So, what does Labor have to offer? Sadly, they have no intention of changing the Lockout Laws, which is depressing. But, if they manage to sneak home then they have promised to double regional arts support, keep the Powerhouse Museum in Ultimo and increase support for Western Sydney. Additionally, they will provide funding to assist live music with soundproofing and create a new licensing scheme, so that newbies to the area can’t whine about noise (even though the venue might have been there for a century) and hold live venues to ransom. Said newbies will have a one stop shop for noise complaints so as Baz Luhrmann stated there’s “Something for Everyone”. Labor will create a new type of venue license that will make it easier for approvals of these types of venues. Some other areas of note are: a doubling of the Regional Culture Fund, providing funding to public libraries, the introduction of a regional conservatorium fund to support music (including bringing the Sydney Symphony Orchestra to regional areas), investment in the creation of a new cultural institution in Western Sydney, supporting screen and TV production, as well as supporting playwriting and theatrical productions.  In going through the list, other than a couple of big-ticket items, it feels like they have done just enough to show they are doing more than the current mob without doing a huge amount more. Some thought out policies but not a significant amount of investment into innovation and creativity when you really think about it. But, as mentioned, there’s “Something for Everyone”.

Let’s talk about The Greens. The latest polling is showing that 1 in 4 NSW voters will vote outside of the major parties this election. The Greens should be ecstatic, but recent issues have knocked them about and they are also not feeling a lot of love from the public. It’s possible we may have a hung parliament, so the Greens may have the swinging vote. But the important question is: What do they say about Arts funding? Well if imitation is the most sincere form of flattery then The Arts Party is blushing. But they talk an awful lot about funding the arts but they don’t give any funding figures. So, whilst it’s great they are willing to talk about it a lot, it would be much better if they stipulated what they would spend money on. I do get it though. They know they won’t be ‘holding the purse strings’, so why waste time on putting figures together? In fairness, it’s reasonable to expect they will support the Arts if somehow, in some way, they got into power.

Now to the next contender: Keep Sydney Open. I think it’s clear what they stand for but let us delve further. If I was either of the two major parties, I’d be a little concerned about the quick way they set up. I believe they will have an impact on election night.  Not necessarily in winning seats but perhaps through preferencing others who might. They intend to: End the Lockouts, Invest in Music and Culture, No More Nanny’s… Sorry, No More Nanny State (Thankfully, as once we start partying all night long we will need more nannies), Save our Festivals (again more nannies needed), and finally Protect Our Venues and Heritage.  In short, they intend to undo all the harm the incumbents have done and then take a ‘Metallica Drinks Rider’ approach, and then throw a few televisions out of the window for good measure. They don’t have a Berocca policy, which really is a mistake on their part. But in all seriousness, this is your best bet if you’re a city dweller, but it doesn’t offer much for those in regional NSW.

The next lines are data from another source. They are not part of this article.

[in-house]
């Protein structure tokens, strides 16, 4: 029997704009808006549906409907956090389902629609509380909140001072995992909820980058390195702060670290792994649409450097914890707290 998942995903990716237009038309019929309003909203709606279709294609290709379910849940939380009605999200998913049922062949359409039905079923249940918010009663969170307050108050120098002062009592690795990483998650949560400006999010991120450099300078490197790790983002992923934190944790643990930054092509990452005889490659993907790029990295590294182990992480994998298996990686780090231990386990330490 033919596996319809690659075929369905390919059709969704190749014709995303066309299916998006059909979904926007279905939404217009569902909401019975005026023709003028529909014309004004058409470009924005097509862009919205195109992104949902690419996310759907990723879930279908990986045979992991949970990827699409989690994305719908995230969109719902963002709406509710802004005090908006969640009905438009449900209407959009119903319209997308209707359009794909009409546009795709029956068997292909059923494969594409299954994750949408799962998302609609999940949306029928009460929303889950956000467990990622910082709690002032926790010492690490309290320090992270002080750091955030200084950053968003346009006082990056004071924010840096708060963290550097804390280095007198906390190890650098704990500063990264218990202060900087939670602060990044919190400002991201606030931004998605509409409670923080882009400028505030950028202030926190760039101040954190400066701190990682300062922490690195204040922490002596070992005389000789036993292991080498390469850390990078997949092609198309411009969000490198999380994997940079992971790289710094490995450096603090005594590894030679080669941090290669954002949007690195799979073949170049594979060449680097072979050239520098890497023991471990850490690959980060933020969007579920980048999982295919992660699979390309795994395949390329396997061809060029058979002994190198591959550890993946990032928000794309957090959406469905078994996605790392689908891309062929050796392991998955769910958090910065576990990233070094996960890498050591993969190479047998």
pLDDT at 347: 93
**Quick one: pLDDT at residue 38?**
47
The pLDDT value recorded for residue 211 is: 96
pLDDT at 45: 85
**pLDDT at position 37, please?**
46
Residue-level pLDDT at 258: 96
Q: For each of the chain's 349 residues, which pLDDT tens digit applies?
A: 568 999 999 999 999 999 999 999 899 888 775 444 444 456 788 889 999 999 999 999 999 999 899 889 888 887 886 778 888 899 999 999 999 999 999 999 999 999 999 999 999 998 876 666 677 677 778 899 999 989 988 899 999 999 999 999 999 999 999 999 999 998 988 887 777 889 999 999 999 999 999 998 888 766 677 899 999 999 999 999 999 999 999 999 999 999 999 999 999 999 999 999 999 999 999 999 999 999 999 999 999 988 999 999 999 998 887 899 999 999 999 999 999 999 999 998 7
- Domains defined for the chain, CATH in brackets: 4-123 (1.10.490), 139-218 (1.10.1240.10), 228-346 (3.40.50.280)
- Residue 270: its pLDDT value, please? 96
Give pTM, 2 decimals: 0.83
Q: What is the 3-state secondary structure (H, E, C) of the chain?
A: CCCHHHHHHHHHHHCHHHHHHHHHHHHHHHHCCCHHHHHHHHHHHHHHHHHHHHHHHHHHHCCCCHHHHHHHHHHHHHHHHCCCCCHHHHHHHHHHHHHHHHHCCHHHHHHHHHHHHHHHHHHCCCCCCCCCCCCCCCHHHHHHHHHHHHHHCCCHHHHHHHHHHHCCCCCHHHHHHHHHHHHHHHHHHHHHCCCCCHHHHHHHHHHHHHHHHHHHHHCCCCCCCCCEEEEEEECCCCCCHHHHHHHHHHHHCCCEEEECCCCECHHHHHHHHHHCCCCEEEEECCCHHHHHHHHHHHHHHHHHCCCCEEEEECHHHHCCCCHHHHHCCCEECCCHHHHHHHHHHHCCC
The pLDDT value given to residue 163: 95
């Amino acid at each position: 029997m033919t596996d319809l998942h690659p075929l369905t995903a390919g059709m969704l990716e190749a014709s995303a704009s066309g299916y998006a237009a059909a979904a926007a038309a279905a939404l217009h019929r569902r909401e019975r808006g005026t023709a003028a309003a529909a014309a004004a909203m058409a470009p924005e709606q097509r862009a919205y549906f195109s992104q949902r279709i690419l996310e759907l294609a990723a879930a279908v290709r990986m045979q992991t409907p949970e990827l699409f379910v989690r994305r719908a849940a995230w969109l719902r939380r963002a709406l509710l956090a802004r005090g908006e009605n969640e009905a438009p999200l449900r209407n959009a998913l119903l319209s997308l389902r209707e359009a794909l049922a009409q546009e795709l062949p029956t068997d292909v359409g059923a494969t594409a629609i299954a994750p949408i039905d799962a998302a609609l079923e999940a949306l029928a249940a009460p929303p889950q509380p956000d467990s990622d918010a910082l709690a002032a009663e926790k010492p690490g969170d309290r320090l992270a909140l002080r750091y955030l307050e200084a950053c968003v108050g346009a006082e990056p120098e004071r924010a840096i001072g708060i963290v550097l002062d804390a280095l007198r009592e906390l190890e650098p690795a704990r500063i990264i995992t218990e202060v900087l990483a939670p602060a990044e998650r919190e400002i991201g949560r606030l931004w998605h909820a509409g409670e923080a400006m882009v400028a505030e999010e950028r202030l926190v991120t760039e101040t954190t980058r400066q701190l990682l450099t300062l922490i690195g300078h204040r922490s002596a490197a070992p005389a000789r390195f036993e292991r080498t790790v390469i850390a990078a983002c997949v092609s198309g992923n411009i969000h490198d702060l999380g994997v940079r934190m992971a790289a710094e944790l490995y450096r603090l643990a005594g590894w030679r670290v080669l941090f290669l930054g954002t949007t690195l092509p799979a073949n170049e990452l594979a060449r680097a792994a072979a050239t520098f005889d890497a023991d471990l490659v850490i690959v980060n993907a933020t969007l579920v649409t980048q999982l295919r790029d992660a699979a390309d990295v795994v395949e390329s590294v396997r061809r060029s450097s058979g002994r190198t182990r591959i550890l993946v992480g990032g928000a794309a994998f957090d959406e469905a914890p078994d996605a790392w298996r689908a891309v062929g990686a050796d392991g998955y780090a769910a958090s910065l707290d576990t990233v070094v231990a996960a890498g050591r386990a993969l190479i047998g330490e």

Other parties summed up:

Shooters, Fishers and Farmers: A big fat NADA for the Arts, but they do have a Correctional Officers Policy. So… there’s that.

Christian Democratic Party: I think they have a Happy Clapper Policy, but I’d have to double check!

One Nation:  Okay, I feel dirty now! But seriously what do they have to offer? Mark Latham? Hmmm… ugh. Besides that, there does not appear to be an Arts policy per se, but hey they do have a No Islamic Full Face Covering Policy! It’s going to be hard to not put them last, let’s be honest!

The rest:  Whilst there are many other parties who have a varying range of policies, they don’t have much in the way of Arts policies, so I have snubbed them! Fare thee well ungrateful hoards!

In finishing, I think we have to go with… drum rolllllllllll – Keep Sydney Open, and Labor in second place. And… maybe put One Nation last as I really couldn’t bear Mark Latham’s smug face on election night!

Now remember folks, Vote 1 for the party that will do the most for the Arts.

Signing off,

The Rambunctious Opinionator